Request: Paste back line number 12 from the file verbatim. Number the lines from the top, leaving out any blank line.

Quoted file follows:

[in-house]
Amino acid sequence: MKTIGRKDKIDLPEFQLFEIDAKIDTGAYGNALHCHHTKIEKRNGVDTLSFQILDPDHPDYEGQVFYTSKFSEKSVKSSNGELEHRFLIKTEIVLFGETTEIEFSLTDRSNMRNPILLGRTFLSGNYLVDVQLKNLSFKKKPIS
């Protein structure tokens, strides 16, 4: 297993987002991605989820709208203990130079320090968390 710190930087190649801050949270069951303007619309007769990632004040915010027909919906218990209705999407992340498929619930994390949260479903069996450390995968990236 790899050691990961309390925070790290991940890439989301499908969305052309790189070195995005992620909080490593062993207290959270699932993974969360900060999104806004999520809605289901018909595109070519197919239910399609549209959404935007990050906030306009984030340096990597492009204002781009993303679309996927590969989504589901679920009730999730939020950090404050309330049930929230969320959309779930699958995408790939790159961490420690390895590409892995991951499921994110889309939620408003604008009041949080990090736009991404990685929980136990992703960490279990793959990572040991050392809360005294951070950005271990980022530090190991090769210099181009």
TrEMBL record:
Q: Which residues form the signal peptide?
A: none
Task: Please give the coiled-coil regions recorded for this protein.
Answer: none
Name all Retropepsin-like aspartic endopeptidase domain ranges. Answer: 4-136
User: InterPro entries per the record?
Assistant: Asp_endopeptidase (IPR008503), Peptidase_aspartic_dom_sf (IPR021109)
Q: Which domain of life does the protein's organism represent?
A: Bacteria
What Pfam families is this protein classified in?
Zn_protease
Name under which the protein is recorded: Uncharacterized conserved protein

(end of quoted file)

Q: Which domain of life does the protein's organism represent?